Insolvent banks in Lebanon downsize to deal with crisis

Banks in Lebanon are closing branches and laying off workers in droves, responding to the bleak reality of a crisis they are widely blamed for. The small country had a flourishing banking sector before facing a financial collapse that the World Bank deemed one of the world’s worst since the 1850s. The booming Beirut financial hub attracted savers eager to benefit from high interest rates and banking secrecy laws.

Insolvent banks in Lebanon downsize to deal with crisis

However, after two years of the crisis, the reputation of Lebanese lenders has been ruined. Depositors have watched helplessly as their savings evaporate due to a currency collapse coupled with banks imposing strict withdrawal limits and prohibiting transfers abroad. In stoking the crisis, banks are accused of bypassing those exact same capital controls to help the elite squirrel billions of dollars overseas. Their trust destroyed, citizens now keep new income well away from the banks, which in turn are deprived of money they could lend.

Lebanon ranked second in the region for bank branches per 100,000 people and held around $150 billion in deposits in 2019, according to the World Bank. The banking sector peaked at three times the value of national economic output due to deposits from Arab investors and Lebanese expatriates.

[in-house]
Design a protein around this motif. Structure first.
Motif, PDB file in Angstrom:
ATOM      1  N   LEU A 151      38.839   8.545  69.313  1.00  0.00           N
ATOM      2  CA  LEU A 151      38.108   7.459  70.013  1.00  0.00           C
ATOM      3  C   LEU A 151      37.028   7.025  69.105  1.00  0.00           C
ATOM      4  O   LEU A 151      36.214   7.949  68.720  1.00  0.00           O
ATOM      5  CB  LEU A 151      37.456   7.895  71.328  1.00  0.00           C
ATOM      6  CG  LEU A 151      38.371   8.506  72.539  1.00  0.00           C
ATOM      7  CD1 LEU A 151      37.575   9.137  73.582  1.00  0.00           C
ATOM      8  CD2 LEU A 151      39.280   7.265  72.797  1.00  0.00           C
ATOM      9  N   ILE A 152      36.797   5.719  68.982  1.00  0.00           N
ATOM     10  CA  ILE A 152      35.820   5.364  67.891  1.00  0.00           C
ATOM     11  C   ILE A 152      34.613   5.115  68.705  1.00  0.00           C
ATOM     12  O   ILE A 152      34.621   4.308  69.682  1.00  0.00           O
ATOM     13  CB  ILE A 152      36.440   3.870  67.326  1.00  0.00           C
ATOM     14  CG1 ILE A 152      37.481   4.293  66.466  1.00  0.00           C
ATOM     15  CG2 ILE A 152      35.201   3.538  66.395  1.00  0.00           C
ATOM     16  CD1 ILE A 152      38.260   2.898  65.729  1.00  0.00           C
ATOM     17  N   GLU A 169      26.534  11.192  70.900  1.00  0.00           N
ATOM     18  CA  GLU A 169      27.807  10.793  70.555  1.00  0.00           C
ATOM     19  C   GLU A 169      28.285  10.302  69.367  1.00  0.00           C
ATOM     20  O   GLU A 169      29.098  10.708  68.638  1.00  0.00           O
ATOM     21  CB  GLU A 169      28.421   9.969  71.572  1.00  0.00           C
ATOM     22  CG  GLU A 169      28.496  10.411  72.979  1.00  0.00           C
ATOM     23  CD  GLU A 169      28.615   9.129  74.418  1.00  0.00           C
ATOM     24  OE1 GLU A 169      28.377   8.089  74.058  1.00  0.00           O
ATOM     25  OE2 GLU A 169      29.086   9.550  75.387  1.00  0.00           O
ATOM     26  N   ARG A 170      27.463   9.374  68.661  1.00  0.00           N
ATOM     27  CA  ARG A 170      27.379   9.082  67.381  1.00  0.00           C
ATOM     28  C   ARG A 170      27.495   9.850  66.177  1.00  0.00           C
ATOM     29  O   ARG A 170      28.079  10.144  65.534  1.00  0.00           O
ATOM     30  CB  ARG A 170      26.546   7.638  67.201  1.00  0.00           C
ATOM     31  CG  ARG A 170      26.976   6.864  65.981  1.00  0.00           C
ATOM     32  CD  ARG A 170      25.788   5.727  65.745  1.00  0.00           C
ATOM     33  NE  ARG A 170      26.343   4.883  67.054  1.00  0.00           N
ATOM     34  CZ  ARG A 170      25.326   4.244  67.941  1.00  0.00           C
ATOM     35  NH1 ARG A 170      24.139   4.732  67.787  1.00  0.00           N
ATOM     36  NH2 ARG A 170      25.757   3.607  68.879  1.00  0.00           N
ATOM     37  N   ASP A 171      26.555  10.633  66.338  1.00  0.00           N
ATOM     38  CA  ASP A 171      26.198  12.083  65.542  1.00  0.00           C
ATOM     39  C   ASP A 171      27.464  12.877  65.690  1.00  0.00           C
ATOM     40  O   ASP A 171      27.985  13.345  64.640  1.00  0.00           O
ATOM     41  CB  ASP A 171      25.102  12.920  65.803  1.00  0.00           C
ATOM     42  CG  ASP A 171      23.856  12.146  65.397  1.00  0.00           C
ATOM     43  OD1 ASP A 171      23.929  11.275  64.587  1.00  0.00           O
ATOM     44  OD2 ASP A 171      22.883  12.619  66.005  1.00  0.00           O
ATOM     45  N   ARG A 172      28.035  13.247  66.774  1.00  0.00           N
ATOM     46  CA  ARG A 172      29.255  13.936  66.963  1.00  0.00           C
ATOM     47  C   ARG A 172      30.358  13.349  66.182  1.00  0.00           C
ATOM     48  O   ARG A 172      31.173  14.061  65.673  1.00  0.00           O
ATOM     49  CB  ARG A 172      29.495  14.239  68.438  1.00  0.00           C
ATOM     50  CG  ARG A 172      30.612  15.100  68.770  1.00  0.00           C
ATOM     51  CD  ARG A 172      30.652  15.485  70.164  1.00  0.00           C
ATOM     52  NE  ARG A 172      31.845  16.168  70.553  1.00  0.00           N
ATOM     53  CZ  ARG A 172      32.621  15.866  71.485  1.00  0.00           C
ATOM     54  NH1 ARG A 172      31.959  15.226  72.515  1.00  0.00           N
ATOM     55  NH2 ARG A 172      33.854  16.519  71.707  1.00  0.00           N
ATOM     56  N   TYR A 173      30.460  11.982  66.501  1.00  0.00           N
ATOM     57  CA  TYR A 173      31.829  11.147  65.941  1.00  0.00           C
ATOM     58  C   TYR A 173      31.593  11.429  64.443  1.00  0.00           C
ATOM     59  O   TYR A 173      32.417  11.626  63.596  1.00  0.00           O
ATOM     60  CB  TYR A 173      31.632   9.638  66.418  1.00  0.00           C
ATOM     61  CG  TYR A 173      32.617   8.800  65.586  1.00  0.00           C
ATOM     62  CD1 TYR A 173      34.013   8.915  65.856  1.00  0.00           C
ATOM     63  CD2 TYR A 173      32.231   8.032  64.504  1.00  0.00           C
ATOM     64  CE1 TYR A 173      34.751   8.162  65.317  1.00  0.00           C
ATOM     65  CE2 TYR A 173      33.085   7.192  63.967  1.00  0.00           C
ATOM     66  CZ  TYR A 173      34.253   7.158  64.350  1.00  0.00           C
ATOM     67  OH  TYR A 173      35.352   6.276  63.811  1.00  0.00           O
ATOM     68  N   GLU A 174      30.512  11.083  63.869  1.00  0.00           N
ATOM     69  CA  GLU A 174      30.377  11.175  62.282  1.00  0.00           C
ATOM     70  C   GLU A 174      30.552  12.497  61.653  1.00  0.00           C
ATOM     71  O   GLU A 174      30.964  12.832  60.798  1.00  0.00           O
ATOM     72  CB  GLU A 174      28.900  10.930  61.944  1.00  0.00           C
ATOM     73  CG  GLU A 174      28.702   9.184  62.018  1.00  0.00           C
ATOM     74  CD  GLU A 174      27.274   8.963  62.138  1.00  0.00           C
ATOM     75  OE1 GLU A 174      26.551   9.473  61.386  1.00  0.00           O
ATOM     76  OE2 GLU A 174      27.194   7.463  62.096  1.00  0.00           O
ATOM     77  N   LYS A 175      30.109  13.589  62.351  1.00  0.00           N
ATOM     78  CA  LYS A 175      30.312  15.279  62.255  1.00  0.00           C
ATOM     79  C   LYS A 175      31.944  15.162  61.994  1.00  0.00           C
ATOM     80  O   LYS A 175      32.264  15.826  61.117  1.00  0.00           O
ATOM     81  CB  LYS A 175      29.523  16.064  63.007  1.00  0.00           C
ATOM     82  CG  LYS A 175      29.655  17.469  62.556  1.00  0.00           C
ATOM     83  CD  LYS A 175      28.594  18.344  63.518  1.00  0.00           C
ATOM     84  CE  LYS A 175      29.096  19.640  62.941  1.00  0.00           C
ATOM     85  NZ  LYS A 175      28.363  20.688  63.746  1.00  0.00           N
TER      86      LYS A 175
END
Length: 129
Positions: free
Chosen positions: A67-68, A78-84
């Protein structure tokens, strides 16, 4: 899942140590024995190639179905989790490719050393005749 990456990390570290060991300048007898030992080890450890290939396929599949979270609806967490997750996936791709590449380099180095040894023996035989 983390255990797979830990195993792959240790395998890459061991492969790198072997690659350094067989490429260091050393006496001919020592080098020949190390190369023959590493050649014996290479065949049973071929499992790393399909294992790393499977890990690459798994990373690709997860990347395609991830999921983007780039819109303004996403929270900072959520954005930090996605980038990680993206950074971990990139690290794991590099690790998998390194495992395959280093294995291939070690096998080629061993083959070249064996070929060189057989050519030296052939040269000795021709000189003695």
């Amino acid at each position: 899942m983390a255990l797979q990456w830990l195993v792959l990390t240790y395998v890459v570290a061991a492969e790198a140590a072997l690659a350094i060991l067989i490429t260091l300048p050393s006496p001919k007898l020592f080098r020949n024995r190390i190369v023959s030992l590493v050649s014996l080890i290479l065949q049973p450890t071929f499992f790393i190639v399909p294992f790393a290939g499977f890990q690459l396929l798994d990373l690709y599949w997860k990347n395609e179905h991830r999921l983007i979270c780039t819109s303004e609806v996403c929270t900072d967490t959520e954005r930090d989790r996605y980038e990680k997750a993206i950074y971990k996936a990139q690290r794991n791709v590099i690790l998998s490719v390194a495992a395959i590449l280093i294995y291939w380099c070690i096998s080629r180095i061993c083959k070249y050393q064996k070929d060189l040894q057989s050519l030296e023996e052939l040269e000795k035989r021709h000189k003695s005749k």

According to the Association of Banks in Lebanon (ABL), more than 160 branches have closed since the end of 2018, leaving 919 branches in the country. The number of employees in the sector has fallen by about 5,900 since late last year, bringing the total down to roughly 20,000.

Despite being pegged to the dollar at 1,507 since 1997, the Lebanese pound has lost more than 90 percent of its value on the black market. Since the slide began, banks have adopted various exchange rates for transactions even though the official rate remains unchanged.

The government of Lebanon defaulted on its foreign debt in 2020, stymieing the hopes of the country obtaining new international credit or donor money to stem the crisis. There is no agreement on an economic recovery plan between the ruling elite and international creditors due to internal rifts.

A dispute over the scale of losses in the financial sector has dogged negotiations with the International Monetary Fund, which began nearly two years ago. While the global lender announced earlier this month that agreement on a rescue package had progressed, it clarified that more work remained, especially with regard to restructuring the financial sector.